The surprising resurgence in mid-size trucks has fueled another month of increased truck sales with those trucks dominating the results. While their full-size brethren tried to keep pace, the mid-size trucks were really the July sales stars.
It has been a full month since the 2014 Toyota Tundra was set to hit dealers and the numbers aren’t good. Is the truck market cooling, bad marketing, lack of incentives or is the truck just not as competitive as Toyota thought? What’s your take?
According to this Automotive News story, GM classifies 1200 of their dealers as “rural.” While the definition of rural is likely a little loose, here’s what we know about GM’s dealership operations:
- GM has 4,400 dealerships across the USA
- 27% of these dealers are rural
- Toyota has about 1200 dealerships across the USA, and a very small portion of them are rural (our sources say less than 10%)
Assuming that each of these 1200 rural GM dealership can sell either Chevy or GMC trucks, and assuming that each of these dealership can sell a measly 5 trucks per month, GM can generate about 70,000 truck sales in rural areas that Toyota can’t hope to match.
In other words, GM has a big sales volume advantage because of their extensive dealership network in rural areas. Ford – and to a lesser degree Chrysler-Fiat – enjoy this sales volume advantage as well. Here’s what it means to Tundra sales figures.
I’ve noticed a fair amount of commentary lately about the Tundra’s status as a “sales failure,” (CNN ran an article a few days ago that I won’t link to here because it’s so stupid) and it’s shocking to me that so many otherwise smart people in the auto news industry can make such a silly argument. The Tundra’s sales definitely aren’t exemplary, but they certainly aren’t a “failure” when you consider the history of events between the Tundra’s debut in 2007 and today.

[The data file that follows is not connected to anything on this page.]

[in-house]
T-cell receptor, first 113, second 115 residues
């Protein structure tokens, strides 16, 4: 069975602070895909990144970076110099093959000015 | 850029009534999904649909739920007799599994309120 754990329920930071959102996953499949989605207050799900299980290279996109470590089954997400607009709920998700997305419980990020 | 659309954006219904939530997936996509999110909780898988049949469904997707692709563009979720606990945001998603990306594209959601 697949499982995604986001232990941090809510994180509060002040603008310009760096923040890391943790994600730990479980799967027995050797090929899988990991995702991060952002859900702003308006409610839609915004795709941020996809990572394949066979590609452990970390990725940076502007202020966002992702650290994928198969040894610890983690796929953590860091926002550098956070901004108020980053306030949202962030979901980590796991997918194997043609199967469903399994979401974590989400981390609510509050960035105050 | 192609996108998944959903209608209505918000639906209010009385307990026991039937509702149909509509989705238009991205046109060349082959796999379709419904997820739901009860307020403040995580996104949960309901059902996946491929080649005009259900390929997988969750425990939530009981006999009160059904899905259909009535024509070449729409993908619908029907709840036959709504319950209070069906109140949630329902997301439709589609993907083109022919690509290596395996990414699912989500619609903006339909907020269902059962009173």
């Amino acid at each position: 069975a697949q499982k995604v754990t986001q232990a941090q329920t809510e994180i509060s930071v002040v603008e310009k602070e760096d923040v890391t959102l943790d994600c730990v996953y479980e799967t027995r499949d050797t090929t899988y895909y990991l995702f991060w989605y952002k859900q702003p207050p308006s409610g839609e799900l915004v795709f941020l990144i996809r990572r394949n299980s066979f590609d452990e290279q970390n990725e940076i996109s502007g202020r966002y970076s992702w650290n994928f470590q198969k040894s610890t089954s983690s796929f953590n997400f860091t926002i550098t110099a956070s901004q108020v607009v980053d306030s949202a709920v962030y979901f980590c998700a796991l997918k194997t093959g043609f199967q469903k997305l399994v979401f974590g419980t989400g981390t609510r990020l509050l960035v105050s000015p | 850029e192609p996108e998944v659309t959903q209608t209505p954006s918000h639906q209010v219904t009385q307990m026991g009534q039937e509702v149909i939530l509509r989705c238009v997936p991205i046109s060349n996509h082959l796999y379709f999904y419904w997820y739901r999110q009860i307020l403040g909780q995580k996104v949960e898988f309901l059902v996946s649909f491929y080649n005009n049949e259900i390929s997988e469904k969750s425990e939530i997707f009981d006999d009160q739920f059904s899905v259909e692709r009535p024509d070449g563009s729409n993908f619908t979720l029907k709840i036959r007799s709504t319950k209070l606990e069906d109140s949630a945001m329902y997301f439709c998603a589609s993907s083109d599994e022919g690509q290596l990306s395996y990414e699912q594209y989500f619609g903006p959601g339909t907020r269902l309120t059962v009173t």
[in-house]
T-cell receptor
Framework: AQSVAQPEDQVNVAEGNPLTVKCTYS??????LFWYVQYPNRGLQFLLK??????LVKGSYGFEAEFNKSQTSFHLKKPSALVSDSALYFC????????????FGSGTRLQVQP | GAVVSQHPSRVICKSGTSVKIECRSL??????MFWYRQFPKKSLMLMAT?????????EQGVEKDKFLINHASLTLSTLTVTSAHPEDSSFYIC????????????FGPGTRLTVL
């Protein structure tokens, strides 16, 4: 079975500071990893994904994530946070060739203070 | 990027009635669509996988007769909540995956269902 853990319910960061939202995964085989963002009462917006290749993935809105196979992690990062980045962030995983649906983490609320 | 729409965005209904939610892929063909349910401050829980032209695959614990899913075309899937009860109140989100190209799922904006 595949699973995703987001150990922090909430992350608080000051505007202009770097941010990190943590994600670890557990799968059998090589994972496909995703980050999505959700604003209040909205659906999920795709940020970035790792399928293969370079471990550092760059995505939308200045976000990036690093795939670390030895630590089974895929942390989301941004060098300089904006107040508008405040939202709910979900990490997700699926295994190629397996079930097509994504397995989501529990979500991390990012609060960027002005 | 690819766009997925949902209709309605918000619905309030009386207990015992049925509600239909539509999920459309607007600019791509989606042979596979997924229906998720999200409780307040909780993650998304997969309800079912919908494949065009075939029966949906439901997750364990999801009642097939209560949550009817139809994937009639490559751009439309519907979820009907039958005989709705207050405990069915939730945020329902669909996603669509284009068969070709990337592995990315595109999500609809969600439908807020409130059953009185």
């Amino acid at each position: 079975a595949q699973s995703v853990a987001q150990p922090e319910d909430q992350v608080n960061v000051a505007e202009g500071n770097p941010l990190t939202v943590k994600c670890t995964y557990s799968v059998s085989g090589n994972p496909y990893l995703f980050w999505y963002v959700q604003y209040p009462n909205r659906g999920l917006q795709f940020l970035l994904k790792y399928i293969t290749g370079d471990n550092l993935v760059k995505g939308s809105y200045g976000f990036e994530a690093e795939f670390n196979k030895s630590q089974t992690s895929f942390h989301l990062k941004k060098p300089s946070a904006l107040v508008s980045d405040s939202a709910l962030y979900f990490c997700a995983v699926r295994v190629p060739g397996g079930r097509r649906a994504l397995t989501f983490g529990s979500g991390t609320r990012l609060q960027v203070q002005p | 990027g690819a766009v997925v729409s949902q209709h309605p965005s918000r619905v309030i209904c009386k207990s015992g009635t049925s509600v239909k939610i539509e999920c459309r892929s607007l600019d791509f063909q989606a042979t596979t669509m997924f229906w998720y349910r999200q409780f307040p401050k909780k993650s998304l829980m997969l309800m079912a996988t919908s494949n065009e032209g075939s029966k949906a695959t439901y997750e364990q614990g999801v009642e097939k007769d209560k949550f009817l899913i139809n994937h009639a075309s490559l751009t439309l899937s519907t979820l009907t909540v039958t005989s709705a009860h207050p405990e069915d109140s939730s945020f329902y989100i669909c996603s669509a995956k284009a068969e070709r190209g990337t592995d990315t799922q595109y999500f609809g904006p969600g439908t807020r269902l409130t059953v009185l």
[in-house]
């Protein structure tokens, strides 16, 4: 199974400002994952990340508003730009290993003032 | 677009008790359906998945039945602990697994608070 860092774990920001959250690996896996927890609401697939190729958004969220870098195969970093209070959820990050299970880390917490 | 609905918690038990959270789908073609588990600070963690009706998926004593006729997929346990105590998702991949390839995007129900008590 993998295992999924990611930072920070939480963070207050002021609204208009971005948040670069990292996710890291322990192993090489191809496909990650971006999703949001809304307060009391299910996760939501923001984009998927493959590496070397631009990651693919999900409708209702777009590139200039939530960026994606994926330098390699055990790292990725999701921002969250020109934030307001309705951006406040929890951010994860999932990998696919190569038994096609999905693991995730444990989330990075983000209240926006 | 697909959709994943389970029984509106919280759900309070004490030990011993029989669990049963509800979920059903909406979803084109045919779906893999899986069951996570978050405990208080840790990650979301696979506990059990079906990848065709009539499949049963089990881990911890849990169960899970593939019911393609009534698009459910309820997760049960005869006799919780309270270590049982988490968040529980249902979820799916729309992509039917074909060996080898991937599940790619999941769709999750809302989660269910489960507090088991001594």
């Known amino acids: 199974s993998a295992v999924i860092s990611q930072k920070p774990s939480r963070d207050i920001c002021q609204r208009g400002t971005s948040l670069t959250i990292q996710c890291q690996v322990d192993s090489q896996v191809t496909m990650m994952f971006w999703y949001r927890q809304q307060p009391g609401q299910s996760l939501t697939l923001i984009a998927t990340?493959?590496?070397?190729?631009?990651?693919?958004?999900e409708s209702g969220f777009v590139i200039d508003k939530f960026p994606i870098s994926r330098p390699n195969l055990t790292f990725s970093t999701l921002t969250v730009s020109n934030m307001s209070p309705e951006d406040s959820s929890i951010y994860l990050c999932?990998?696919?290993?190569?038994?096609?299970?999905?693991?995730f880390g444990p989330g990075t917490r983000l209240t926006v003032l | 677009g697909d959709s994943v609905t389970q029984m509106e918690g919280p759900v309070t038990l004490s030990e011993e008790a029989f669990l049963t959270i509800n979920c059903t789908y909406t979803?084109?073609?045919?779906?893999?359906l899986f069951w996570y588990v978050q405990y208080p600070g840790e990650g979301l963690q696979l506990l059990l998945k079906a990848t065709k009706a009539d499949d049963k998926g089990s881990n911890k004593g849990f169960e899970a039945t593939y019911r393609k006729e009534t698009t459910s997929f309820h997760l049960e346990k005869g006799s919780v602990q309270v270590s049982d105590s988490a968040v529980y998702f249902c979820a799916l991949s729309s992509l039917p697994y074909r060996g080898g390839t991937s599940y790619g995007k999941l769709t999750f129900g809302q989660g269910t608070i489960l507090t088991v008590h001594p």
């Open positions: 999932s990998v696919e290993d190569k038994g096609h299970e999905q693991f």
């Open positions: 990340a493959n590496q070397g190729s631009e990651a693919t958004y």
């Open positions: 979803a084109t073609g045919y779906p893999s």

The worst part is, this silly story about the Tundra’s “sales failure” isn’t going away anytime soon. The Tundra plant was only running at 30% capacity in April and May, it’s only been running at 50% capacity for June, and it’s not expected to get back to 100% until August/September. That means that 2011 probably isn’t going to be a good year in terms of total Tundra sales.
Still, looking exclusively at sales figures to make a determination about the success of the Tundra is like reading a box score instead of watching the game: you get a sense of what happened, but you still miss a lot.
Toyota’s decision to move Tacoma production to San Antonio is most likely good news for the future of the Tundra. Still, the case can be made that this move signals danger. Tundra sales are down and Toyota executives have been less than positive about the vehicle. Moving production of the Tacoma to Texas could be a sign that the Tundra is on the way out.
To be clear, we believe the Tundra is here to stay. Still, there are quite a few reasons for Toyota to walk away from the Tundra completely: